Mobile weight loss interventions using smartphone applications have recently shown promising results. This study aimed to explore the efficacy of a multidisciplinary approach using mobile intervention accompanied by conventional healthcare assets, including a local public health center and regional hospital obesity clinic.
A total of 150 overweight or obese adults signed up to complete an 8-week anti-obesity intervention program with human coaching through a mobile platform. Paired t-tests and multiple linear regression analysis were used to identify the intervention factors related to weight change.
Among the 150 participants enrolled in this study, 112 completed the 8-week weight loss intervention. Weight, body mass index, waist circumference, fat mass, and fat percentage all showed a statistically significant decrease and MET showed a statistically significant increase after intervention. In multiple linear regression analysis, age (ß = 0.07, P = .06), △MET (ß = −0.0009, P = 0.10), number of articles read (ß = −0.01, P = .04), and frequency of weight records (ß = −0.05, P = .10) were identified as significant factors of weight change. Moreover, age (ß = 0.06, P = .03), sex (female; ß = 1.16, P = .08), △MET (ß = −0.0009, P < 0.001), and number of articles read (ß = −0.02, P < .001, R2 = 0.3728) were identified as significant variables of fat mass change.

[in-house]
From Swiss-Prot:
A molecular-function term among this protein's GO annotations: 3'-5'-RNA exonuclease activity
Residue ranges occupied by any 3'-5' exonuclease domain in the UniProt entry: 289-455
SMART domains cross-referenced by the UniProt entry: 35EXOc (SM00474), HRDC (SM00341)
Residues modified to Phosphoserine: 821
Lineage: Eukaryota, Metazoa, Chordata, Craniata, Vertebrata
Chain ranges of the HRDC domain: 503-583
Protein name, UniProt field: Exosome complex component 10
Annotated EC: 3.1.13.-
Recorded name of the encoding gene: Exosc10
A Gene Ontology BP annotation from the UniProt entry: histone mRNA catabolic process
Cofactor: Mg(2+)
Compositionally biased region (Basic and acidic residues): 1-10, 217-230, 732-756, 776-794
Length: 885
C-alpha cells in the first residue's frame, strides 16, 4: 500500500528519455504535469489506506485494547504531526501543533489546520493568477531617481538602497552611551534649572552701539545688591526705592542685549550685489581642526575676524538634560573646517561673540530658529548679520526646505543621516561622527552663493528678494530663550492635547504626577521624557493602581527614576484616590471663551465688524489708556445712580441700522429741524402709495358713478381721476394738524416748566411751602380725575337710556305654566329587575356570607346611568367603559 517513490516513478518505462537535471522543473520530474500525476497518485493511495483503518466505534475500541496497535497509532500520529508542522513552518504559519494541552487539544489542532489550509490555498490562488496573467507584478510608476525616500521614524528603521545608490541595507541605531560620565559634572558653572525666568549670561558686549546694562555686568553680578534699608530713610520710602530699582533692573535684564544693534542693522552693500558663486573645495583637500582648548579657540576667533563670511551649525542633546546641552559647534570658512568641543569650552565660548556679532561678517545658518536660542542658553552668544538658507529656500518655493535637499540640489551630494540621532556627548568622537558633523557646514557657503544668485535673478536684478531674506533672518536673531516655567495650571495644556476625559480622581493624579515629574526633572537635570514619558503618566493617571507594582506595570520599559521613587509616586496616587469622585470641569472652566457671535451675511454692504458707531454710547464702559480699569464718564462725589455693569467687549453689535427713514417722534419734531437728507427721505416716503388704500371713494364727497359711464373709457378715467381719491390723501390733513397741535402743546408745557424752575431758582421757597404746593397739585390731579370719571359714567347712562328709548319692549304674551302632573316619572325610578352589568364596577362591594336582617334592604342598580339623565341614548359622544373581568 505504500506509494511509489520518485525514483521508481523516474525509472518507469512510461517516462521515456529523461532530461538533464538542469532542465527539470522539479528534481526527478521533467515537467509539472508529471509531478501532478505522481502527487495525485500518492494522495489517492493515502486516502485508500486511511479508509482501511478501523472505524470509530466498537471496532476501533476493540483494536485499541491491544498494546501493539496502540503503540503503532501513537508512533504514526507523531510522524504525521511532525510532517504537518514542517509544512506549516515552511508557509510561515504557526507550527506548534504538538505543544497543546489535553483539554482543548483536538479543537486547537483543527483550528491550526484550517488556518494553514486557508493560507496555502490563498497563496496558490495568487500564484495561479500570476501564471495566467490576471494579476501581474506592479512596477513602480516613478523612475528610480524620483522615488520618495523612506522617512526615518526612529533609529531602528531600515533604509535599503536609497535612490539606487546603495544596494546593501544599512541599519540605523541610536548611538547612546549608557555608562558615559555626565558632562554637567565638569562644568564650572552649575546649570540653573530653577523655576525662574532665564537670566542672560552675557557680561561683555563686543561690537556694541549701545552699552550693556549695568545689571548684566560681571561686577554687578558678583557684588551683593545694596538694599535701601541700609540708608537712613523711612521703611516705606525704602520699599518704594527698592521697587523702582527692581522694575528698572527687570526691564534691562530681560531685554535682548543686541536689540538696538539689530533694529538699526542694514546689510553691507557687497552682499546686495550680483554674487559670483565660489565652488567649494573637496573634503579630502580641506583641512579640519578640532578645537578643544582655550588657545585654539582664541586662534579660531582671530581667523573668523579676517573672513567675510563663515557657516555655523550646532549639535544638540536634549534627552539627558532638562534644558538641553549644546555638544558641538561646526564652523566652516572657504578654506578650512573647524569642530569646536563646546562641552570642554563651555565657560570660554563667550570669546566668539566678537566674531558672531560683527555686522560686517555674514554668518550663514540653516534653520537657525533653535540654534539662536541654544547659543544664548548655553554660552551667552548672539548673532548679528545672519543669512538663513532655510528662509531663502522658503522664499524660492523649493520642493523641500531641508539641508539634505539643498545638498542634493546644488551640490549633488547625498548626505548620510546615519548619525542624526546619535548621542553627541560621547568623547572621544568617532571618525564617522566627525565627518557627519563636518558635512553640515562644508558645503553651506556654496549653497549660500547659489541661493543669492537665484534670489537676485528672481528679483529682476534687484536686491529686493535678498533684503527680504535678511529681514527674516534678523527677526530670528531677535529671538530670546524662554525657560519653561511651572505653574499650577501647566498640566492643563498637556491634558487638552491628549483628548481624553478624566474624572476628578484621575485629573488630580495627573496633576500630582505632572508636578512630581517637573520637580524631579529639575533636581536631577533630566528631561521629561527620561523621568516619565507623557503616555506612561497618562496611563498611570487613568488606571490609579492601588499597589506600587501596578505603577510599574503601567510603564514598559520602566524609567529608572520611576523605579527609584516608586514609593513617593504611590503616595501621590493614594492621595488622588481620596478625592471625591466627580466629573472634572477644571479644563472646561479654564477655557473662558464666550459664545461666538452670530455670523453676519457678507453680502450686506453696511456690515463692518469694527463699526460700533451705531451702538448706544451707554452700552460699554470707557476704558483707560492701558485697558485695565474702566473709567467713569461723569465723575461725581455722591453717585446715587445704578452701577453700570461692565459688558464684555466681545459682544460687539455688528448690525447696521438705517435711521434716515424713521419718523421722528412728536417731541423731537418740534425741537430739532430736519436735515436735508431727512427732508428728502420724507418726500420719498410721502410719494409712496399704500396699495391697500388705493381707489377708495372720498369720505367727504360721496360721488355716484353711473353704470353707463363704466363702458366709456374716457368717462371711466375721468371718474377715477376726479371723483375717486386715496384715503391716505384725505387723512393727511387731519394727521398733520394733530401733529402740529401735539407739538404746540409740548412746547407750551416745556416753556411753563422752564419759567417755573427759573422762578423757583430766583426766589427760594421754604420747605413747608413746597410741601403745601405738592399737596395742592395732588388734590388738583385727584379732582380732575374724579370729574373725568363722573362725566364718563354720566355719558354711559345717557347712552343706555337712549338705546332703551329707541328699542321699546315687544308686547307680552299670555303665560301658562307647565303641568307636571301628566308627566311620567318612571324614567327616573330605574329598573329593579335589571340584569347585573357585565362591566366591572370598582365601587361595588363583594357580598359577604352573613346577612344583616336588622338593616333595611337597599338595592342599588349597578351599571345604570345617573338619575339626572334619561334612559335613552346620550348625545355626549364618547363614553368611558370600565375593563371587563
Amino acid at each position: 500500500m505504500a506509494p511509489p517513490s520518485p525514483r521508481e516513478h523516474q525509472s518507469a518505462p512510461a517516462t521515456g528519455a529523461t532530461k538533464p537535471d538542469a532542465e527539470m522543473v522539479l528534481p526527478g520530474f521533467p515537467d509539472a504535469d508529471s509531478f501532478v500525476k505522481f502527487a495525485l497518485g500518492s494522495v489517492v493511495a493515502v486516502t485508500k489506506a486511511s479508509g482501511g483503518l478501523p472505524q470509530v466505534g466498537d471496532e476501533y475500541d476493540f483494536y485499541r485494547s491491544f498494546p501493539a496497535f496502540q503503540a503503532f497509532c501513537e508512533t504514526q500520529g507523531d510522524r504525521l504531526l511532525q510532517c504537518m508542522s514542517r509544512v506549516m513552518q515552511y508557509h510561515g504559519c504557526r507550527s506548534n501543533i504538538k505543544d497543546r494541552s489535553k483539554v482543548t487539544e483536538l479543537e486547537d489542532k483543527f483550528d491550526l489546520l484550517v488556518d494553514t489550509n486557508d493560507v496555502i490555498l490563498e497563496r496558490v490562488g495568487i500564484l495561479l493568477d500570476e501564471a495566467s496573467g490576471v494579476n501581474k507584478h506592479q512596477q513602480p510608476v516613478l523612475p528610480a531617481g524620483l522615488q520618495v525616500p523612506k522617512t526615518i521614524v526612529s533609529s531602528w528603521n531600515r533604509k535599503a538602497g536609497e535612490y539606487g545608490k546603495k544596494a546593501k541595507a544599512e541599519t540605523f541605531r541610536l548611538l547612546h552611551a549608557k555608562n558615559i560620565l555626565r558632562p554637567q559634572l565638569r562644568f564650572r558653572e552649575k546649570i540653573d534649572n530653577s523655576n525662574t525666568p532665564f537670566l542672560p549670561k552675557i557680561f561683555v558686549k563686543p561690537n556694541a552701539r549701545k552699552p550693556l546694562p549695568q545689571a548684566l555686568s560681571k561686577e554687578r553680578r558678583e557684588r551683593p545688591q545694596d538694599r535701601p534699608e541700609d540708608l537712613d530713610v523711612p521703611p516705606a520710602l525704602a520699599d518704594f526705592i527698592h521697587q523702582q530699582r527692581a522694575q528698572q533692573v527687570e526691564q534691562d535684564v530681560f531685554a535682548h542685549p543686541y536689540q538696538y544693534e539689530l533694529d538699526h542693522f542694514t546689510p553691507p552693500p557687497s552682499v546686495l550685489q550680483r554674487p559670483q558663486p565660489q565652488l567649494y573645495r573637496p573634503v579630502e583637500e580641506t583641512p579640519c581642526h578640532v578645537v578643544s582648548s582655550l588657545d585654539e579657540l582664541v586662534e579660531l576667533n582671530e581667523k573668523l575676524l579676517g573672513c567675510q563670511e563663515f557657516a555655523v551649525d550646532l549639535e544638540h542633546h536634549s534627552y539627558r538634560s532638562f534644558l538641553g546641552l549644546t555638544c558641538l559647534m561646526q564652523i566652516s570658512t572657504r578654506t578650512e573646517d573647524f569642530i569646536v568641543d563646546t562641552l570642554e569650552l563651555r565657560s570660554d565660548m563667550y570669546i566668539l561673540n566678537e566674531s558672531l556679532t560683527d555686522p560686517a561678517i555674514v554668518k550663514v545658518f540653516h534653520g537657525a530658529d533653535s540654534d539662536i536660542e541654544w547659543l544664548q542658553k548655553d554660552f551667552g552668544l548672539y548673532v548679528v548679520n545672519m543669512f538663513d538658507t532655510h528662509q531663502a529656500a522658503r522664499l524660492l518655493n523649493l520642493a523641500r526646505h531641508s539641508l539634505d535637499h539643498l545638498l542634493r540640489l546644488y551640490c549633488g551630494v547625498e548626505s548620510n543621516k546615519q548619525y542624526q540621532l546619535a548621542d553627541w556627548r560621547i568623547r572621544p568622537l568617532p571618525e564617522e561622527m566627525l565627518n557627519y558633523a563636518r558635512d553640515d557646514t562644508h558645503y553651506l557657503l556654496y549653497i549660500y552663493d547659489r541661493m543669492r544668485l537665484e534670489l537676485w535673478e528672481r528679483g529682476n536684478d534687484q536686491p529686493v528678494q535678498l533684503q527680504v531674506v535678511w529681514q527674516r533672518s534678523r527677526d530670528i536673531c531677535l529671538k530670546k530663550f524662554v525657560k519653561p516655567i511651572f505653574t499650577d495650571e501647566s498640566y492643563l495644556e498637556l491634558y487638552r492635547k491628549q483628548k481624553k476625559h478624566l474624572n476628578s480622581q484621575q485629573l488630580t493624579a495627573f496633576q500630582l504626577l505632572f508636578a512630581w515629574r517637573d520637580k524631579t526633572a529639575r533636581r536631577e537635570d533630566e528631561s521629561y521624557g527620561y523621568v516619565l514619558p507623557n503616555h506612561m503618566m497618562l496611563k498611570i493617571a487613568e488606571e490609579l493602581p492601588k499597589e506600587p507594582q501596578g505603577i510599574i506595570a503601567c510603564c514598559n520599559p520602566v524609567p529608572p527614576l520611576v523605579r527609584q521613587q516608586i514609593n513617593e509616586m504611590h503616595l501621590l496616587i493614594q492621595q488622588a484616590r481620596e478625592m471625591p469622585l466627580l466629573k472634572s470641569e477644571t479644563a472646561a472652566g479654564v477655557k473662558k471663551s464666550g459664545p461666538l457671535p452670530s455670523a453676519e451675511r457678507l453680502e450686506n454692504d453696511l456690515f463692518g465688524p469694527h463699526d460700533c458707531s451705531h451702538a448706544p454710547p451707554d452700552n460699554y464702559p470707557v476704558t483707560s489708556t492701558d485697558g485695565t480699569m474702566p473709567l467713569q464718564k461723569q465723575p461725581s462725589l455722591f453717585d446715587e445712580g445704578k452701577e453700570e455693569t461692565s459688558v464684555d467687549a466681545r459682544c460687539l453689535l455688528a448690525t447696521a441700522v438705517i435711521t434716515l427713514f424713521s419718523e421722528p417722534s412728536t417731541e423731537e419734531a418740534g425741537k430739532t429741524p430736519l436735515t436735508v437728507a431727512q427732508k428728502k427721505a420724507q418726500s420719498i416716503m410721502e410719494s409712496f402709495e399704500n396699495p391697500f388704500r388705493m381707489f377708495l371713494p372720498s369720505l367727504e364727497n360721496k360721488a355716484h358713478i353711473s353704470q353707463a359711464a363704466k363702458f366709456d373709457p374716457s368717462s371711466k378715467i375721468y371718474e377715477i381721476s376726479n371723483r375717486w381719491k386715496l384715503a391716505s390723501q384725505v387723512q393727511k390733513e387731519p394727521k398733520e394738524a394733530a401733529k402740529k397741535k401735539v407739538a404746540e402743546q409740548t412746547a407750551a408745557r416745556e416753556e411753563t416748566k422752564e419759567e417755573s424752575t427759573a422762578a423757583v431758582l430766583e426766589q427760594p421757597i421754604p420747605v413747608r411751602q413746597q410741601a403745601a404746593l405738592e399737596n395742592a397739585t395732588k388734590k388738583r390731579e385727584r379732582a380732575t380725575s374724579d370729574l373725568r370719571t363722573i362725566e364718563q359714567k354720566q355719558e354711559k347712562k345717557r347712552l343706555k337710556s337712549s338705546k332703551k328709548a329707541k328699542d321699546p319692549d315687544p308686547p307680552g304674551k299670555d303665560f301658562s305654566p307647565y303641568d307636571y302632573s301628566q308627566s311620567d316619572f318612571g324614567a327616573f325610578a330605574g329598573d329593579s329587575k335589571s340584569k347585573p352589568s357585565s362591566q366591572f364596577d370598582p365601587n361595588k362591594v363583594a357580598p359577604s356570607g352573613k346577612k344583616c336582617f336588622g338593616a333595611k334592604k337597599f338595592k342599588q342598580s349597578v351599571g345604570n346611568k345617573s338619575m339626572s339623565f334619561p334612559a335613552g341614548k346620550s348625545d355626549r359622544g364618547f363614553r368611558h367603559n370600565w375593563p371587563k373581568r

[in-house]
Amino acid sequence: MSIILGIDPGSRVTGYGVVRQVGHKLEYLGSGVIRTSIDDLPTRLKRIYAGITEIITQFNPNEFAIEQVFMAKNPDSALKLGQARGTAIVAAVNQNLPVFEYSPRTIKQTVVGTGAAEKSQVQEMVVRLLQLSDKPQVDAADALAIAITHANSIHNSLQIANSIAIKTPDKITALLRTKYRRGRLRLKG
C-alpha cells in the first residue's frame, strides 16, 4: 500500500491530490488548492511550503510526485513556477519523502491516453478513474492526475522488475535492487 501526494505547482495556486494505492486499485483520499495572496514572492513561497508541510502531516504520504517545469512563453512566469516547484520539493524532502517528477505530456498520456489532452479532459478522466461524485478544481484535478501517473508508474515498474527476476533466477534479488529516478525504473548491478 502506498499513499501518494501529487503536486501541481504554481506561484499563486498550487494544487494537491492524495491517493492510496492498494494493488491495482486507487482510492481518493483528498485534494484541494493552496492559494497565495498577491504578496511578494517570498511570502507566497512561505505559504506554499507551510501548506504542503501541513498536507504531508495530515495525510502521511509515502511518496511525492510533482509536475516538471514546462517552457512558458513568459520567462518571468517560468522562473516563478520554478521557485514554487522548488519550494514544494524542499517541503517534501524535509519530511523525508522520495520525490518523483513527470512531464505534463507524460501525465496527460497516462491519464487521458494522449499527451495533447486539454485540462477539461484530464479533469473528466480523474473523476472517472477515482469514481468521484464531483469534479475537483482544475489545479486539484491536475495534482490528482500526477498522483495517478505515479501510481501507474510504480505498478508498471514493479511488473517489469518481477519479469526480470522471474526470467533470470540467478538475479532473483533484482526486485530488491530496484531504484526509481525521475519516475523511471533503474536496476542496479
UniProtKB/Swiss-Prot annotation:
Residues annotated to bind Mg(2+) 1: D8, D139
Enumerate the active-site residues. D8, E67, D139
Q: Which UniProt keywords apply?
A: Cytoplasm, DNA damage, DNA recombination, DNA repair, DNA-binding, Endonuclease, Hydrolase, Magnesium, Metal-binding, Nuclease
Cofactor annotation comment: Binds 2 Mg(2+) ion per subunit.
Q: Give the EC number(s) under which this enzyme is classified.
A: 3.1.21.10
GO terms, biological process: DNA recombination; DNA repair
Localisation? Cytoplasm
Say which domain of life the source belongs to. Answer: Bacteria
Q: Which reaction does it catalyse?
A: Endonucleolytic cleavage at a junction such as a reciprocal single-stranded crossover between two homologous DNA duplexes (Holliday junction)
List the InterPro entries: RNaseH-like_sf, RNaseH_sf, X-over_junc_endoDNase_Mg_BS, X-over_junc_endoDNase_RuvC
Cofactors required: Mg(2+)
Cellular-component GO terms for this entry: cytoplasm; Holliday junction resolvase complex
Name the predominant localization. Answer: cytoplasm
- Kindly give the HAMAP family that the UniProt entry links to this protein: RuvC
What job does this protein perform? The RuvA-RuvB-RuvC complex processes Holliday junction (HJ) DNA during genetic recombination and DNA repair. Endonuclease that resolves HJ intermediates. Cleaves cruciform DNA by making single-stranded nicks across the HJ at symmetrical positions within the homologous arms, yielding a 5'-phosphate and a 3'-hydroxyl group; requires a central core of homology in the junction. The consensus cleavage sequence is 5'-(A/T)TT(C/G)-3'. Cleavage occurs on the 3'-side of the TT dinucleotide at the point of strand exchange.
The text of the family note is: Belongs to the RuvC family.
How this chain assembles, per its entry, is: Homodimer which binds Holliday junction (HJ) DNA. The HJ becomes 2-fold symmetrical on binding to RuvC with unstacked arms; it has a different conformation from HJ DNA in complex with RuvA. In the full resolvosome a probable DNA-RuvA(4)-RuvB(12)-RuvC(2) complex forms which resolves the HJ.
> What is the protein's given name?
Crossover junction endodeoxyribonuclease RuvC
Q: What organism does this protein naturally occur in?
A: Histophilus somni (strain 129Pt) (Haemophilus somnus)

The multidisciplinary approach, combining a mobile healthcare application by healthcare providers, was effective for short-term weight loss. Additional studies are needed to evaluate the efficacy of mobile healthcare applications in obesity treatment.